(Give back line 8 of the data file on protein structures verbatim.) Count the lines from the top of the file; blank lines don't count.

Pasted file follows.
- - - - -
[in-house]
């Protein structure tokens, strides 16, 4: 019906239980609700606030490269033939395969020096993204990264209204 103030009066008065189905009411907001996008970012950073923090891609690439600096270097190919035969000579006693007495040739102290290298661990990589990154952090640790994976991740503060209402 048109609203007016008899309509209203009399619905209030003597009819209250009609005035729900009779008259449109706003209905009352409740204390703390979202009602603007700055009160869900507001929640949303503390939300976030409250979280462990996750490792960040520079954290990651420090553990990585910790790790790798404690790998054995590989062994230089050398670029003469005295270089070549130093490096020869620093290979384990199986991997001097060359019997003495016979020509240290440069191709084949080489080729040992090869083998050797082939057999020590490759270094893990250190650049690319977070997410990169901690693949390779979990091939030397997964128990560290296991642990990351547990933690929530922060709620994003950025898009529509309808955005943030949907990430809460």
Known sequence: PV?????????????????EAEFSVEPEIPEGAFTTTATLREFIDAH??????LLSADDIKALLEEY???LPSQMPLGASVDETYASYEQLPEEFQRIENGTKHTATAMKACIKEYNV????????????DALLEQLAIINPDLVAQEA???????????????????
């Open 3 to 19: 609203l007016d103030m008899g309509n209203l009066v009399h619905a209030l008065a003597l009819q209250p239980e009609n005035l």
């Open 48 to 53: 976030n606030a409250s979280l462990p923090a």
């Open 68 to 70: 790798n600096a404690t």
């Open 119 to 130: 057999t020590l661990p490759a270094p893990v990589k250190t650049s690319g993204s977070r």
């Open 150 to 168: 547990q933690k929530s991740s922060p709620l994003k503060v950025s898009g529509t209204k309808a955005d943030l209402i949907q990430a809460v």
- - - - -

């Open 150 to 168: 547990q933690k929530s991740s922060p709620l994003k503060v950025s898009g529509t209204k309808a955005d943030l209402i949907q990430a809460v």